The Missing review by Mike LongWhen you see a movie in a darkened theater, it's very easy to lose track of time. Even if you know the running time of the film going in, one can get caught up in the movie and ignore how long the film has been going. But, watching a movie at home, especially on DVD, creates a different situation. One can easily check the DVD for the running time and look at the DVD player to see how much time has elapsed. This can work against certain films, such as The Missing, where, despite knowledge of the film's total length, one becomes convinced the movie is never going to end.
The Missing takes place in New Mexico, in the year 1885. Maggie Gilkeson (Cate Blanchett) is a "healer" (frontier doctor) who lives on a ranch with her two daughters, Lily (Evan Rachel Wood) and Dot (Jenna Boyd), and two ranch-hands, Brake (Aaron Eckhart) and Emiliano (Sergio Calderon, the head-on-a-stick guy from Men in Black). Life is rough for this group, but they manage to survive. One day, Maggie's estranged father, Samuel Jones (Tommy Lee Jones) comes to the ranch seeking medical treatment. As they haven't seen each other in years (he ran off to join a Native American tribe), Maggie is very cold to her father. Brake, Emiliano, and the two girls go off on a cattle-drive, but don't return when scheduled. Maggie soon learns that the group was attacked by a band of rogue Indians, several members were killed, and that one of her daughters has been kidnapped. Attempting to put the past behind her, Maggie asks her father, who is an experienced tracker, for assistance in finding her loved ones.
The Missing is a big-budget Ron Howard film with a stellar cast, which was released in November, expecting to draw big box-office, critical accolades, and award nominations. But, this $65-million movie has only grossed around $25-million so far domestically, was dismissed by critics, and ignored by audiences. Why is that? The answer is complicated, as there are several things wrong with the movie. As far as I'm concerned, the main reason for the film's box-office failure can be traced to its misleading ad campaign. The theatrical trailer and TV spots for The Missing made the film look like a psychological thriller and perhaps even a supernatural horror movie. The previews were dark and eerie, telling us only that Cate Blanchett's children were missing. In truth, the movie is nothing like this at all. The Missing is a straight-ahead western. In the extra features on the DVD, director Ron Howard refers to the film as a "thriller". Sorry, Opie, it's a western. The film may be more brutal and depressing than your average western, as the treatment of the kidnapping victims is very violent and may be difficult for some to watch, but that doesn't change the fact that the film has all of the trappings of a western. Those expecting a spooky movie will be sorely disappointed.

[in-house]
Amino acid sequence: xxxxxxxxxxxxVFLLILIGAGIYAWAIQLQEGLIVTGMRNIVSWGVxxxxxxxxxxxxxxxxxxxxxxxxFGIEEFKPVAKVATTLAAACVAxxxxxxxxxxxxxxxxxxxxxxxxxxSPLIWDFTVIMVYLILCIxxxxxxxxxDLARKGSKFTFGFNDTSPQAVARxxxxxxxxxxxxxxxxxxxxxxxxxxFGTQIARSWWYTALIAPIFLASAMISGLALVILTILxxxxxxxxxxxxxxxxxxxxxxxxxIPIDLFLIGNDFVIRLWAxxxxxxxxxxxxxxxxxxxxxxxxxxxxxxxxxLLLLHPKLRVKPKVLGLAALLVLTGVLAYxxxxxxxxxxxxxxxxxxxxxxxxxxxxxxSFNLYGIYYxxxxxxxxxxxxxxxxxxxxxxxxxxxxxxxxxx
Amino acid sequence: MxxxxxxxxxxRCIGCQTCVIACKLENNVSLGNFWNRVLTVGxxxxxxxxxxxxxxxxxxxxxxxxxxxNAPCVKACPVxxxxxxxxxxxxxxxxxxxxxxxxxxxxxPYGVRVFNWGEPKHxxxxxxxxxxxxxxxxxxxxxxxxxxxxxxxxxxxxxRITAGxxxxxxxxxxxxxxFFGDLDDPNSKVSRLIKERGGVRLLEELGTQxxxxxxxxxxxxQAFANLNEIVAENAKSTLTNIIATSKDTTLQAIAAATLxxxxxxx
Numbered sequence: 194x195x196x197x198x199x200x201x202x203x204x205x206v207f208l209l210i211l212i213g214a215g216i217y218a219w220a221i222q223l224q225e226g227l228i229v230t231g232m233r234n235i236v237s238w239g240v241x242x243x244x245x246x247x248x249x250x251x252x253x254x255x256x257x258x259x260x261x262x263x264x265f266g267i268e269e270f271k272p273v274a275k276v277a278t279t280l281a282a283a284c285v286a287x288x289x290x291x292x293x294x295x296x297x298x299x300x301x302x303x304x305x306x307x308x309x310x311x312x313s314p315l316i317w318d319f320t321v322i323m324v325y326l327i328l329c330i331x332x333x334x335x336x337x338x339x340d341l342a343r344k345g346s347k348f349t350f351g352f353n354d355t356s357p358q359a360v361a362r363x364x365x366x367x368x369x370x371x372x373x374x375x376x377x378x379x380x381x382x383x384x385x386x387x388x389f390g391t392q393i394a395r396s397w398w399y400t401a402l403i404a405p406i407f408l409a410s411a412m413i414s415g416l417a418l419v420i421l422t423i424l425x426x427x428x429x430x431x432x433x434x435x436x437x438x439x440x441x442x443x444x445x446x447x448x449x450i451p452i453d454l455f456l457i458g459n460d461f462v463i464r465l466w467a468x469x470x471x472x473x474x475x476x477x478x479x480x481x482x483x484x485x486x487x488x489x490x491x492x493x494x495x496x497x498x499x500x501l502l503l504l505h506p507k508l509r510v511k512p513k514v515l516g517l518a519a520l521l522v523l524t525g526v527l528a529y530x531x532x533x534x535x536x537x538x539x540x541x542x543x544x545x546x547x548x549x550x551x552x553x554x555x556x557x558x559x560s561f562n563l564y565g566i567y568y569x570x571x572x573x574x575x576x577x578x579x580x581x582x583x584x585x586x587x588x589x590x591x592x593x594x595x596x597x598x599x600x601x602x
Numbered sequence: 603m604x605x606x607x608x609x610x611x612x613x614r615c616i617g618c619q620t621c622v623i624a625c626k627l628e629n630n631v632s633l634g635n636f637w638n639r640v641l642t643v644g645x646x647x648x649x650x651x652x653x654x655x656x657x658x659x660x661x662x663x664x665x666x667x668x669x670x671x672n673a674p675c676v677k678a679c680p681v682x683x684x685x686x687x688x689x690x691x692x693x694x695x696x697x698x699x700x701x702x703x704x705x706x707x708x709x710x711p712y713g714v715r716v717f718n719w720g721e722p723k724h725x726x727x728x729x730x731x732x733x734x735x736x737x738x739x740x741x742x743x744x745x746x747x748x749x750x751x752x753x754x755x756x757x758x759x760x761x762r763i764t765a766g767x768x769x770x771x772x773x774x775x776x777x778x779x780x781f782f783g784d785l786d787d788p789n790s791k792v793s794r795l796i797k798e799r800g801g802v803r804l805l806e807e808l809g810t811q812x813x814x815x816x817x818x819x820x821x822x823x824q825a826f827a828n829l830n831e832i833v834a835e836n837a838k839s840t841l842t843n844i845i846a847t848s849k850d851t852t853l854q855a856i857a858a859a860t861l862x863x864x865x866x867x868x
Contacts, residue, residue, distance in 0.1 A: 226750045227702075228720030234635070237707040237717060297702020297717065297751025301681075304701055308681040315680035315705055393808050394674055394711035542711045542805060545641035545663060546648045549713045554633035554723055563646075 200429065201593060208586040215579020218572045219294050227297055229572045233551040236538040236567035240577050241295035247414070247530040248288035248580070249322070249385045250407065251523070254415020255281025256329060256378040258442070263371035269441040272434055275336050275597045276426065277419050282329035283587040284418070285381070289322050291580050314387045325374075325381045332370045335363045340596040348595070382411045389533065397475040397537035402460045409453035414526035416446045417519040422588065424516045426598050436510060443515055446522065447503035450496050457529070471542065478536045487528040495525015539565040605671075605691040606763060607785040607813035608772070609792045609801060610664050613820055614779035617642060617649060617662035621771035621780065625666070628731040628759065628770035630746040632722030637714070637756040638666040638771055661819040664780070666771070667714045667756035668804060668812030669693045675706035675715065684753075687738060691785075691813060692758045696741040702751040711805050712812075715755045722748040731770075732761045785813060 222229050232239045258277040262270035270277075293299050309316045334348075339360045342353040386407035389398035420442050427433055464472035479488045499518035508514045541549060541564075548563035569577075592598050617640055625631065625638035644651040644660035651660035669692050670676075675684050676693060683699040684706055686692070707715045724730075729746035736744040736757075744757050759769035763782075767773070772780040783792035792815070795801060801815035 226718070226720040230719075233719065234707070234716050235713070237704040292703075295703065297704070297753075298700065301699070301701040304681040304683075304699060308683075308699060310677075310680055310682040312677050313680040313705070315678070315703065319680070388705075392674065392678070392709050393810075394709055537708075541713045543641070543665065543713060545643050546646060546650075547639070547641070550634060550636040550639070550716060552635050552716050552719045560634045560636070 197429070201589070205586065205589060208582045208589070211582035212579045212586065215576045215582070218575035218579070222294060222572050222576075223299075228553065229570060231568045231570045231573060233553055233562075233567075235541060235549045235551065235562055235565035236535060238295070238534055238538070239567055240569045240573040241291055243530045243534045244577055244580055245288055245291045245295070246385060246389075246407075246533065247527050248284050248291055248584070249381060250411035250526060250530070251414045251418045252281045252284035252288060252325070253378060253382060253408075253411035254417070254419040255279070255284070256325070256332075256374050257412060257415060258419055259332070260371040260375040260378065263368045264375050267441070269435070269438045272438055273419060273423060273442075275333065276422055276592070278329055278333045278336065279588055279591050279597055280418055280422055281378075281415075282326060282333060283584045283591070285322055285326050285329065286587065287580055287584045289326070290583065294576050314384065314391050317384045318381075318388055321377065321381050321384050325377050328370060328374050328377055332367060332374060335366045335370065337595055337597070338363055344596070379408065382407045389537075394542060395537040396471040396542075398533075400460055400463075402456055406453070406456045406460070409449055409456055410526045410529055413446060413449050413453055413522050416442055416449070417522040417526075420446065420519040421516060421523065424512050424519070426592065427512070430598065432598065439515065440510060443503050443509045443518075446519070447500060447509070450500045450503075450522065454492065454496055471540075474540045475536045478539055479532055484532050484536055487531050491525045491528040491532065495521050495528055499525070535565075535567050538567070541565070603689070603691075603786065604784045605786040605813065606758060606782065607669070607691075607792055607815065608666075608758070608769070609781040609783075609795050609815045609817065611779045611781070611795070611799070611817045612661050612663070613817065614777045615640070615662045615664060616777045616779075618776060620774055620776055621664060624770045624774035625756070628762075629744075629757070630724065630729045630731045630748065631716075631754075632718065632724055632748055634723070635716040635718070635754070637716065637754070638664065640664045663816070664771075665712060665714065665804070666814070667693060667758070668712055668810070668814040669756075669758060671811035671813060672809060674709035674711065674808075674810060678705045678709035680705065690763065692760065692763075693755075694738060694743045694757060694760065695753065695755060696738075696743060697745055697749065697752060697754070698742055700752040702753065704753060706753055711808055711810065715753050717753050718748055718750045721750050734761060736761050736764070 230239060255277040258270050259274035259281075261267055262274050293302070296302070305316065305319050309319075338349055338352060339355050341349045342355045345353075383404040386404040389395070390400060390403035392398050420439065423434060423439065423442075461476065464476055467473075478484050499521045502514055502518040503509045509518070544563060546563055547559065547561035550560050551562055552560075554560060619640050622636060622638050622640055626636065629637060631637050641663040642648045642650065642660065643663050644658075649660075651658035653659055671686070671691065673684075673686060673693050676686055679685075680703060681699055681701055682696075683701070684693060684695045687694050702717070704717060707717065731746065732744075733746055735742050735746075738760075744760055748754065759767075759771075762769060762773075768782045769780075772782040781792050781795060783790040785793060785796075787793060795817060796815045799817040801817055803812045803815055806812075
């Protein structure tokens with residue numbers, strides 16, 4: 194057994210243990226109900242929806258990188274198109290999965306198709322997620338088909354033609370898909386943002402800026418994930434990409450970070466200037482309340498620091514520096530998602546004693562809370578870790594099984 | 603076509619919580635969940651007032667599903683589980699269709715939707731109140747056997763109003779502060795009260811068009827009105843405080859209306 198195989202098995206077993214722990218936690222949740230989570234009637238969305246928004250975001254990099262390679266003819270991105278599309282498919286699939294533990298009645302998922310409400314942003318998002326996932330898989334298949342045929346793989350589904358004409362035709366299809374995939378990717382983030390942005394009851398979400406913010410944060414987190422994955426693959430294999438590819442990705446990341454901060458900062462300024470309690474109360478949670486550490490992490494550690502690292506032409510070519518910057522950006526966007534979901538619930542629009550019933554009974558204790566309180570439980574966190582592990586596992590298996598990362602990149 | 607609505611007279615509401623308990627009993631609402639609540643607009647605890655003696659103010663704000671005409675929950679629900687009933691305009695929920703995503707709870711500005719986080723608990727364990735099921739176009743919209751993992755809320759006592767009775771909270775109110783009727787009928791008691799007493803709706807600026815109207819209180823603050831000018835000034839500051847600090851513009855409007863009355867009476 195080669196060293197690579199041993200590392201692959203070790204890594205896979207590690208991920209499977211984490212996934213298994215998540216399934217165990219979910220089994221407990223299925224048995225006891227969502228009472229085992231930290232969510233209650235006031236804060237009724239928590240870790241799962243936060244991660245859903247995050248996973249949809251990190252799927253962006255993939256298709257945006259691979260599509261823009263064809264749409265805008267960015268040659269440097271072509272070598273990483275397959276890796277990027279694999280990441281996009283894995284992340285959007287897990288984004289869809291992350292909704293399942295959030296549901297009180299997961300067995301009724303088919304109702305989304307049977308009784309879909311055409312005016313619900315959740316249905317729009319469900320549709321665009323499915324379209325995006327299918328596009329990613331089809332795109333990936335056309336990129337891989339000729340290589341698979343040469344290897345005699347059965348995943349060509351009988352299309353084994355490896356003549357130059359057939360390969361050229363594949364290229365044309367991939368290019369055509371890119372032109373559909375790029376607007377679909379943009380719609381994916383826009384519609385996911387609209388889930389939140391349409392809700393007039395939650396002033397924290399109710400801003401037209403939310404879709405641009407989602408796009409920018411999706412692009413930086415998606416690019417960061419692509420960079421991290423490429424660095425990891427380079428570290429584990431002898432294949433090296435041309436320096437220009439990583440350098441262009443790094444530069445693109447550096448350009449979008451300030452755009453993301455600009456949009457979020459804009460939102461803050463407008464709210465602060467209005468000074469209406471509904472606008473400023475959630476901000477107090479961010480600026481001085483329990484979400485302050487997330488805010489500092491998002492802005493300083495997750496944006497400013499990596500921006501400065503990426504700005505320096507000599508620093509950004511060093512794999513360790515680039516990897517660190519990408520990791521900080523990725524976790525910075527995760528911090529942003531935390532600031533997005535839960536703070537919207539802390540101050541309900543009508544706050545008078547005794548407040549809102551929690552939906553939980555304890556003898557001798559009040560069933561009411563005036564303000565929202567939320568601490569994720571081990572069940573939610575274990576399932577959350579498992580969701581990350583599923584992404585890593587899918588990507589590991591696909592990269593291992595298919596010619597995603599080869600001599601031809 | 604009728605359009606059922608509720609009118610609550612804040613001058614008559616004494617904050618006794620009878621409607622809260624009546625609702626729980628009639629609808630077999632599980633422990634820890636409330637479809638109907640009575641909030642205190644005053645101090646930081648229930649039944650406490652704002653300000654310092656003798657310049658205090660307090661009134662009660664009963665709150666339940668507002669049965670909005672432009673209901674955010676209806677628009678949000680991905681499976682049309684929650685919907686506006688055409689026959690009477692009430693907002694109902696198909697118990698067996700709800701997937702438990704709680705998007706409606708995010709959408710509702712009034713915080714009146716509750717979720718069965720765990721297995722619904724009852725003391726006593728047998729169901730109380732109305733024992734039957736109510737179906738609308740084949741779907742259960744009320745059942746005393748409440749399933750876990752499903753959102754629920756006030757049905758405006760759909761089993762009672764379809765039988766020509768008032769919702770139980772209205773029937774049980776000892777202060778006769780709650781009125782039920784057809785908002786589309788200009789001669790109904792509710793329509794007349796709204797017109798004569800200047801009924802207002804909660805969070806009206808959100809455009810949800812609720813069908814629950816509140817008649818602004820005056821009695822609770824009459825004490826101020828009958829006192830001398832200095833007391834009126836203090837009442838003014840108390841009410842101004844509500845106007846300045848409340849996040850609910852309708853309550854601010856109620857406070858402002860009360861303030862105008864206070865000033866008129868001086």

OK, so it's not a supernatural (or otherwise) thriller, what's wrong with that. What's wrong is that the movie is long and boring. Remember earlier when I commented on keeping track of the running time of a film? Going in, I knew that The Missing was 137 minutes long. So, when there was an escape attempt by the captives, or a resuce attempt by Maggie and the movie wasn't at the 2-hour mark yet, I knew that those attempts wouldn't be successful. I probably wouldn't have noticed that fact if there was anything compelling about The Missing. The story is very hackneyed and predictable, as we know going in that someone is going to be "missing" and that someone else will try to find them, and nothing else happens. The characters, especially the villain, are very cliched. If the film had been shorter, it may have worked, but I doubt it. The acting in the film is good, most notably Blanchett and young Jenna Boyd, who impressed me after seeing her this film and the polar-opposite Dickie Roberts: Former Child Star. As in The Fugitive and The Hunted, Tommy Lee Jones plays a skilled tracker (I guarantee this guy loses his car keys all the time in real life) and is the same stoic character that he always plays. The real star of The Missing is the gorgeous scenery, which is beautifully photographed by cinematographer Salvatore Totino. The Missing had huge potential, but failed to deliver. So, unless your a western movie completist, you aren't "missing" anything.